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For a variety of reasons, healthcare professionals are offering induction of labour to a greater number of women and, at the moment, 30-40% of labours are induced.
Induction can, however, affect a woman’s birth preferences, which can have a negative impact on her mental health if she didn’t feel prepared.
This is why Wellbeing of Women Research Midwife, Sam Nightingale, is developing a video to help women prepare for induction of labour.
“Research has found induction of labour was not what women expected, and this has had a significant effect on overall birth experience,” Nightingale explains. “There is also evidence that some women develop post-traumatic stress disorder (PTSD) following a traumatic birth experience.”
Listening to women
Using surveys filled out by women before induction of labour and a phone interview completed afterwards, Nightingale will find out what women would benefit from knowing before the process.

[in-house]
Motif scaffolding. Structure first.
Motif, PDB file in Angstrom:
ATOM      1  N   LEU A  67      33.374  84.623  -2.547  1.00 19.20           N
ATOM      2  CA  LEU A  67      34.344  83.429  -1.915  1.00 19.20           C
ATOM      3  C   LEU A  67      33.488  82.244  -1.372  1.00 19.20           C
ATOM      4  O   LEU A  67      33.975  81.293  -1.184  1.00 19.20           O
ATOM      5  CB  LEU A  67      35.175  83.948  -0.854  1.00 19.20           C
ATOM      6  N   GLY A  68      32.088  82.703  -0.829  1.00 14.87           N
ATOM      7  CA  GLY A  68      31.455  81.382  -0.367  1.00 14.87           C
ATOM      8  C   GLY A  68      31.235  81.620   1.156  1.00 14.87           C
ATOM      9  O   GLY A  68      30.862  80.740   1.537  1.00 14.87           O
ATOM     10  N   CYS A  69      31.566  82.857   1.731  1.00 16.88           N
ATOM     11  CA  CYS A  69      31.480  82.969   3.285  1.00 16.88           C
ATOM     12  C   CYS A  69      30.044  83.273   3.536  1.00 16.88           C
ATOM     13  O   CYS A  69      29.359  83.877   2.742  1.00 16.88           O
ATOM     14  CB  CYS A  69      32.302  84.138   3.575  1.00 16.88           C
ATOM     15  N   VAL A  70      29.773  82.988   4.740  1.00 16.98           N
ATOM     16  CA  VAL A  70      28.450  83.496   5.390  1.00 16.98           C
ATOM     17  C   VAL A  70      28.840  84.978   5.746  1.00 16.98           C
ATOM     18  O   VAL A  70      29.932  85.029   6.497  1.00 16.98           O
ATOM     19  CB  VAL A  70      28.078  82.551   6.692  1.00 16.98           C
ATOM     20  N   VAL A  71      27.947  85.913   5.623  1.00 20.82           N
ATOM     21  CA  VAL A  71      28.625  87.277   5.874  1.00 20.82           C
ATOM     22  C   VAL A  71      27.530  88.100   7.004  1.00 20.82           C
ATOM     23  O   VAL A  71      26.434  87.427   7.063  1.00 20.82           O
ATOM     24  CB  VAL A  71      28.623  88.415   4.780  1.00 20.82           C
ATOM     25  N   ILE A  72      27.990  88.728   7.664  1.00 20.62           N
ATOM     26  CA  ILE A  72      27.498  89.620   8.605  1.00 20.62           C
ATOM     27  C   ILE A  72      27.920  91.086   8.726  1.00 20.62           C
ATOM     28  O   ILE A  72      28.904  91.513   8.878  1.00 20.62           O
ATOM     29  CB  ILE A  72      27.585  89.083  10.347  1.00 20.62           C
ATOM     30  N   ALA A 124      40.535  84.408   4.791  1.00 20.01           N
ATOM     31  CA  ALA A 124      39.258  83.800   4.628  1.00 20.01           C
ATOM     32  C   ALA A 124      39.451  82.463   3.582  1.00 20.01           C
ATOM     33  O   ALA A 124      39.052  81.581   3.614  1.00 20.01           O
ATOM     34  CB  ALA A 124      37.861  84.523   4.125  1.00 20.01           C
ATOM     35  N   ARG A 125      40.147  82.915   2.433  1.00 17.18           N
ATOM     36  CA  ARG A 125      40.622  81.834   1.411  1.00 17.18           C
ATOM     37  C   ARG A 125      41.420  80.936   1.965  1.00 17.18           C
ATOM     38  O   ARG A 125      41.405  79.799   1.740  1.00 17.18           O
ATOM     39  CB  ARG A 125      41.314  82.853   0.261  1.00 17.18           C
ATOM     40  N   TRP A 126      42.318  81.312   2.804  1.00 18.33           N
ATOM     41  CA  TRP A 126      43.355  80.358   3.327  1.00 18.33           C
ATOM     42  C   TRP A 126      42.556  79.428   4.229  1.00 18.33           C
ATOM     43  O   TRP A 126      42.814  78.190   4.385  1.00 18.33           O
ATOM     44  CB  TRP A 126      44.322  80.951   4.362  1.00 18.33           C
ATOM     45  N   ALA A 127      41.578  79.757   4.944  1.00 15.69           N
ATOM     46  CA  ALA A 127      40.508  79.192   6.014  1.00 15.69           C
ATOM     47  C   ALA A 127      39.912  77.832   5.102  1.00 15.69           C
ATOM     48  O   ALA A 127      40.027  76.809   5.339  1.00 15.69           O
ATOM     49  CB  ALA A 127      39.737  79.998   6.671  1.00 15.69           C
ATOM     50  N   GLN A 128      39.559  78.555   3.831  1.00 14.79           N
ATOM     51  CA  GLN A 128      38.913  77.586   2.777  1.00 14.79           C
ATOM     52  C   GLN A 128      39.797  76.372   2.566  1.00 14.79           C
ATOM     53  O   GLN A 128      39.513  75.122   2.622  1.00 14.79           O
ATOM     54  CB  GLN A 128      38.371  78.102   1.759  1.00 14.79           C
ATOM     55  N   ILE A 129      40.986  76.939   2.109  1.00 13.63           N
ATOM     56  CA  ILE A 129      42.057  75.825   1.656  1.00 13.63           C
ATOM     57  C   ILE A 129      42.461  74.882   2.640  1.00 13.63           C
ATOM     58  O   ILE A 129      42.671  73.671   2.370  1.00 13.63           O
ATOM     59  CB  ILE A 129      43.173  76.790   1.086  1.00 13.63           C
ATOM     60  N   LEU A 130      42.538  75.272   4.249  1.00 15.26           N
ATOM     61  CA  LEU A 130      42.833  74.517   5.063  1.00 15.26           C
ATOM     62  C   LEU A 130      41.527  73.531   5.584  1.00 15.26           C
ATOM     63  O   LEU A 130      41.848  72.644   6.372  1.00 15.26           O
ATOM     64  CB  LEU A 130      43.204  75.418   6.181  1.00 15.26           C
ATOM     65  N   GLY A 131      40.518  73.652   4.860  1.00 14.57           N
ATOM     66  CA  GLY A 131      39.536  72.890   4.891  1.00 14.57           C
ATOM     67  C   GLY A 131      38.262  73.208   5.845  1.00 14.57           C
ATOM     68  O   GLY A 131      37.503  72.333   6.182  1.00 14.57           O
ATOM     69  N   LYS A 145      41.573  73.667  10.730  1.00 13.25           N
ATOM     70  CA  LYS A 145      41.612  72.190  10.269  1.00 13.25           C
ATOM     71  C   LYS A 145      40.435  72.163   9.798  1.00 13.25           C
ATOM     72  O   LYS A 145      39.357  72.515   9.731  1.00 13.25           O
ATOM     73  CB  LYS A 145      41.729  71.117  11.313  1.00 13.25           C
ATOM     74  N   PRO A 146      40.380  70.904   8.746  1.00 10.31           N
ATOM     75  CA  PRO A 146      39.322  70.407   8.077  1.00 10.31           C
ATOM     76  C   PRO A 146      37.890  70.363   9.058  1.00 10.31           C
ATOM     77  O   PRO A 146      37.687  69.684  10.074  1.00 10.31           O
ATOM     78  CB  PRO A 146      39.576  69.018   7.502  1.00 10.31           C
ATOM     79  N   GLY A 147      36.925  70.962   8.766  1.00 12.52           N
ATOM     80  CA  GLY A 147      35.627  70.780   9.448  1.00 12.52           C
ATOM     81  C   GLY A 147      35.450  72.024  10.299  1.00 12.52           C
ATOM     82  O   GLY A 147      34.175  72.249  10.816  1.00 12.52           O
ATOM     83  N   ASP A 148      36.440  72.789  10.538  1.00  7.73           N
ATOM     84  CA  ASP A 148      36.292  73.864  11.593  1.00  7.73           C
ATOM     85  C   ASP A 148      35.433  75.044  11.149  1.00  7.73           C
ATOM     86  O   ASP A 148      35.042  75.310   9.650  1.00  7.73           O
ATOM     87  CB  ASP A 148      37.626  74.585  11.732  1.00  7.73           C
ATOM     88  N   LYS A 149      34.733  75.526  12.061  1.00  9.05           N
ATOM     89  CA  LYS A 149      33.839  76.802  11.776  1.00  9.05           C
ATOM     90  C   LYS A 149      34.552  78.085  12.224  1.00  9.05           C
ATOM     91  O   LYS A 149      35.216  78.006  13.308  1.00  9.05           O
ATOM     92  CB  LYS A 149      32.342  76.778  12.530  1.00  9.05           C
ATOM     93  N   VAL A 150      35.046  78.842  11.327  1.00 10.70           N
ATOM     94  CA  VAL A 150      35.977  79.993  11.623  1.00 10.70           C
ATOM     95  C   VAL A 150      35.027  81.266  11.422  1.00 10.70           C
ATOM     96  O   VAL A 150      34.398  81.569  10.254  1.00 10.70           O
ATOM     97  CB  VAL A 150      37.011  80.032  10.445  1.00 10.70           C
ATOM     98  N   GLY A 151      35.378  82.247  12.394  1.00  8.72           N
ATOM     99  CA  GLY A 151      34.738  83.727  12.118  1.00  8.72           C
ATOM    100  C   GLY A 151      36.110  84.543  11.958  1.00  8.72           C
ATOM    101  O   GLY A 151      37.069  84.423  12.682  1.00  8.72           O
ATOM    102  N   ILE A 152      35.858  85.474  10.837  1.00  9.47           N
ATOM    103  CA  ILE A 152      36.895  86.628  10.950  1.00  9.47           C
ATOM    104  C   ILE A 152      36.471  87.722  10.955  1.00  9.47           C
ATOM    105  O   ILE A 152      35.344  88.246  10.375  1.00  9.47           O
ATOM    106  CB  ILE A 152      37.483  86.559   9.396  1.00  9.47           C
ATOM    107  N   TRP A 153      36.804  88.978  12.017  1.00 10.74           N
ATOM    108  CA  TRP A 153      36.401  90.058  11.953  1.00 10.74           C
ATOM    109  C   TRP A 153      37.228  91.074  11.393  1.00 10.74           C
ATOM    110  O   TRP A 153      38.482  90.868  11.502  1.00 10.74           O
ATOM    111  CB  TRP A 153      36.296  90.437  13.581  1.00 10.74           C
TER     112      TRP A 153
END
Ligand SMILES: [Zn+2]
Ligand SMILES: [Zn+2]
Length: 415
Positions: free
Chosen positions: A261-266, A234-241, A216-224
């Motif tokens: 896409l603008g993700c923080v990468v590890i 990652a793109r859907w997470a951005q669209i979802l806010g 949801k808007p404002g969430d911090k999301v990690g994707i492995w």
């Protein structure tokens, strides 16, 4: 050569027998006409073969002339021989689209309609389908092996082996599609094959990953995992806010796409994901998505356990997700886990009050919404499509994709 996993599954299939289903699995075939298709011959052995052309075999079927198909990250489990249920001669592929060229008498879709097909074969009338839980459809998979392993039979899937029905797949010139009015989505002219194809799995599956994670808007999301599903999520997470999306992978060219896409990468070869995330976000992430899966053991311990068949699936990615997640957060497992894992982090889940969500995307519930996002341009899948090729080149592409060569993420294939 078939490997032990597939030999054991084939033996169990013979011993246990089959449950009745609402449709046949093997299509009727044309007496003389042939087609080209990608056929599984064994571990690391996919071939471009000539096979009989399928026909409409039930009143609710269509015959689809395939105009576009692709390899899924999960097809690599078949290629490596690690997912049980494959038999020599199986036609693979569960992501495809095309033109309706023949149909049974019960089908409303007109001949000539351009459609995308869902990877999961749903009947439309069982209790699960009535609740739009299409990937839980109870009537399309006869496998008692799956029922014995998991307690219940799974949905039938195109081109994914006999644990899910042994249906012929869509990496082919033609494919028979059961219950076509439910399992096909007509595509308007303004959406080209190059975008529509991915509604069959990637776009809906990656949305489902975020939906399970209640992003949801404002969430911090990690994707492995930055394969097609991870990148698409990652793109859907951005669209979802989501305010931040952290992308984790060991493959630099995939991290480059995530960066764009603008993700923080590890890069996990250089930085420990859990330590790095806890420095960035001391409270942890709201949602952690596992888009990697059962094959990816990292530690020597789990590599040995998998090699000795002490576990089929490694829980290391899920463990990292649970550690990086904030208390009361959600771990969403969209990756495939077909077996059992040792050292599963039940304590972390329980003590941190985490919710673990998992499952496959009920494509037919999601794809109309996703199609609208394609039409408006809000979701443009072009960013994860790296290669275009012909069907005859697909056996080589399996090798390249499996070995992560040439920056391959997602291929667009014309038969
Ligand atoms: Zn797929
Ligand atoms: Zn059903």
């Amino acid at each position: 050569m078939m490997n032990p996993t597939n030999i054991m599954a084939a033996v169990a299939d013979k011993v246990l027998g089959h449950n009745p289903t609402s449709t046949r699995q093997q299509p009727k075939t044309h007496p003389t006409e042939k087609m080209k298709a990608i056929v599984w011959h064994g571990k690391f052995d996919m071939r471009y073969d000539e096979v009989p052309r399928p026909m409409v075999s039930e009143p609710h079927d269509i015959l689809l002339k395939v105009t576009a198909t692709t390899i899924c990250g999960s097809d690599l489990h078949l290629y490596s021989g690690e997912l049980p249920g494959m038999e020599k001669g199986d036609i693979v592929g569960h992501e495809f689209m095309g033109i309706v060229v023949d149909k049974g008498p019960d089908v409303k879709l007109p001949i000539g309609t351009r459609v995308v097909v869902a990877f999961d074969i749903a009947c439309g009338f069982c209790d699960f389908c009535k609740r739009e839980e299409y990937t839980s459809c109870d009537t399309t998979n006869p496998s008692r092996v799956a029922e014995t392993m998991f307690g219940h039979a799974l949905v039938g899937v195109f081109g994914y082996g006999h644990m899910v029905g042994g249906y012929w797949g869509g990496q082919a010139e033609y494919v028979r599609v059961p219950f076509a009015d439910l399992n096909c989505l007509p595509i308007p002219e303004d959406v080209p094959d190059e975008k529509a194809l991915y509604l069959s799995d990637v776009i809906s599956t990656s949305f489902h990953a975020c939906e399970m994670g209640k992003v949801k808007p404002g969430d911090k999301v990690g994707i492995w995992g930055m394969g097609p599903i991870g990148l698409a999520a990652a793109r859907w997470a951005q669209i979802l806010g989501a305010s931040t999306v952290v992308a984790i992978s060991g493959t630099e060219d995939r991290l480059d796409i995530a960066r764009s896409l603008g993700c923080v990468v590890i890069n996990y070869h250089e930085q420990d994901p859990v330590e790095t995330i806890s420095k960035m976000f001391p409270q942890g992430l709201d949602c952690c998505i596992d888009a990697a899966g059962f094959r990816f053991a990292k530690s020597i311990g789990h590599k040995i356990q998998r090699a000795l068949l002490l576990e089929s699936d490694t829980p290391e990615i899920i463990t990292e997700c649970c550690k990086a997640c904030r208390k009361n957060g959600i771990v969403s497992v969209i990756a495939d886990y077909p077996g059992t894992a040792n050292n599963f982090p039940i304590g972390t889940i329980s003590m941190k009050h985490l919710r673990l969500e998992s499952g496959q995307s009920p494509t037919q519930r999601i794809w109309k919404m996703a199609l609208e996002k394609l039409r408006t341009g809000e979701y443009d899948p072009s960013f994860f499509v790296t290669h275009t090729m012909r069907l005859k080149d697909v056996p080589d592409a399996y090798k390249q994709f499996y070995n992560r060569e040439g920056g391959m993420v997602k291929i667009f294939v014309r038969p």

Using this insight, she and a professional film maker will develop a film to meet those needs.
“Research looking at women’s understanding of traumatic birth experiences recommended that healthcare professionals recognize women’s need to be involved in decision‐making, and to be fully informed about all aspects of their labour and birth to increase their sense of control,” Nightingale says.
“These studies highlight that if women have more information to prepare them for their birth journeys, it has a positive effect on their mental health and reduces the likelihood of birth trauma.”
As well as the mother herself, it’s believed that PTSD can affect child development, the bonding between a mother and her baby, and relationships – affecting whole families.
So, by improving women’s understanding of induced labour and addressing their needs, this study aims to improve the experience for women and their families as well as their mental health afterwards.